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9,000 year old Neolithic limestone mask found in the Judean desert

We are coming up to Halloween and, as always, we will have a special week of horrifying posts concerning a theme topic (like flaying, the undead, or the monstrous brood of Echidna).  Before we get there, though, let’s take a peak back through time to look at some of the other faces that our forbears decided to put on in the ages before “Joker” or “It”.  The greatest masks are astonishing sculptures, but they were more, too–masks lay at the crux of ancient cults and ancient drama.  We will never truly know what the makers of that first mask up there were doing with it 9000 years ago (human sacrifice?), nor will we know what the Etruscans wanted with their Charun-like mask (human sacrifice?).  We truly can’t know what the mysterious Moche wanted with their mostrous mask (human sacrifice?), and sadly, I couldn’t find out about the Bornean & Congolese masks.  Yet on a deeper level we do know: our hearts tell us what each of these masks is about as surely as we can read a line of emoticons on a phone or know to jump away from a striking cobra.  Some things are instinctual even for humans.  Although I am sure an ethnologist would chide me, it is hard not to look through the empty eyes of masks, both sacred and profane, and see the familiar dark places always within the human heart.

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Borneo Mask Indai-Guru Mask Borneo, Iban Dayak

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Kumu Mask: Congo/Central Africa

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Etruscan mask in Archeology Museum in Cagliari.

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Moche Mask, Peru, 6th-7th century AD, Silvered copper, shell

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Today we present a seasonally appropriate earthtone blast from the past–a color which was once everywhere and is now nowhere at all.  I am talking about the go-to kitchen appliance color of the 1970s, “harvest gold” a sort of warm brownish golden ochre.  I remember seeing so many refrigerators, ovens, sinks, and toilets that were this color when I was a child that I sort of thought it was some fundamental feature of home fixtures.  Of course, harvest gold, wasn’t just in the kitchen and then the bathroom, all sorts of other items of fundamental importance to society came in this same shade–turtlenecks, shag carpet, macrame, Dodge Darts, hotpants…you name it (this is to say nothing of things which were, are, and always will be this deep yellow like dead corn fields, lions, broken urinals, used cigarette filters, and mustard, mustard, MUSTARD!).  More than rust brown, tangerine orange, or even avocado, this was the trademark color of the seventies.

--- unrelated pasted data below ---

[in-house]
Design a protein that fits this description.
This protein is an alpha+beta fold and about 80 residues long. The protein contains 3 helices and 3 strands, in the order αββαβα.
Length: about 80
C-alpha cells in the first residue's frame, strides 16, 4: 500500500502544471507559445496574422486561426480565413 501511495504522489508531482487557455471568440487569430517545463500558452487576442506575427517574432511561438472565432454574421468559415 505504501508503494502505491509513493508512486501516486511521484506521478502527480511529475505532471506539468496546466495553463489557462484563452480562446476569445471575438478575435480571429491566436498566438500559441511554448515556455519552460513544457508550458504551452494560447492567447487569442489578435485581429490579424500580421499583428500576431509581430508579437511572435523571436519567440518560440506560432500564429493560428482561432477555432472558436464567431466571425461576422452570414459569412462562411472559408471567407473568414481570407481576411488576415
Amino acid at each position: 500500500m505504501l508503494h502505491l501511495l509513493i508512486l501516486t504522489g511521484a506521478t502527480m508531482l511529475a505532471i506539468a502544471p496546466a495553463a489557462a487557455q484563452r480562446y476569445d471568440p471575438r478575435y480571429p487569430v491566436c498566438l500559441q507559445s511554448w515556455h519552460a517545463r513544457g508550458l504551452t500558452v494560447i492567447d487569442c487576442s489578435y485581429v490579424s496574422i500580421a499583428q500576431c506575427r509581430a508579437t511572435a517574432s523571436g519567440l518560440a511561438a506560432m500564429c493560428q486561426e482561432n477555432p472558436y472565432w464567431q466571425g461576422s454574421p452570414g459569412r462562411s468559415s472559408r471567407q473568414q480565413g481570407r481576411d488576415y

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Now, if you had asked me about this color in the 80s, 90s, 00s, or even the early teens, I would have unhesitatingly responded that it is a hideous afront to civilized ideals of beauty and then made some rude remarks about malaise, mustard, and moustaches.  But is that really true?

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Like all earth hues, this dark yellow suffers because there are lots of earthy things which have the same color, but, likewise there are many beautiful living things that are harvest gold (maybe you noticed lions hiding in the comic list in the first paragraph).  There are famously beautiful people who have hair this color. Maize and wheat are both this color (it’s called harvest gold for a reason) as is the element gold which is known to have a certain cachet.